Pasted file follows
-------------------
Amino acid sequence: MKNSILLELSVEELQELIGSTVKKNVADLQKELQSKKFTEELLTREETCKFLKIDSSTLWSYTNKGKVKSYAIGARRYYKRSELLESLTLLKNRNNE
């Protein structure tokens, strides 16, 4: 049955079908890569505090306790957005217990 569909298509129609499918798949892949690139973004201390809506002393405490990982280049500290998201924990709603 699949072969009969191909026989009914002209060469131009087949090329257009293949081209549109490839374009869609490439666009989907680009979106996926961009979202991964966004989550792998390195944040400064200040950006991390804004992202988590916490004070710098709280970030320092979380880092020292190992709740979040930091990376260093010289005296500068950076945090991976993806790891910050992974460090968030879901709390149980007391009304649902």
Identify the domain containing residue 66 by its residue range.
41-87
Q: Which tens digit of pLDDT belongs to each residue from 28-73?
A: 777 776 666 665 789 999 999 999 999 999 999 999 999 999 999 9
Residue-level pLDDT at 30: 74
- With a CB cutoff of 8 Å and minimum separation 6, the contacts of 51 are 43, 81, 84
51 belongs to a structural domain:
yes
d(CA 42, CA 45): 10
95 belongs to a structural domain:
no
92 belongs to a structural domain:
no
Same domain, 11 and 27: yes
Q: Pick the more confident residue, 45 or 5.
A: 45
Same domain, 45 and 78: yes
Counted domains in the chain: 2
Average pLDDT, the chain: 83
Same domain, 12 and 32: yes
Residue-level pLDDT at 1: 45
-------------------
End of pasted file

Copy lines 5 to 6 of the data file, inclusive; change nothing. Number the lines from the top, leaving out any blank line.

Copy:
Q: Which tens digit of pLDDT belongs to each residue from 28-73?
A: 777 776 666 665 789 999 999 999 999 999 999 999 999 999 999 9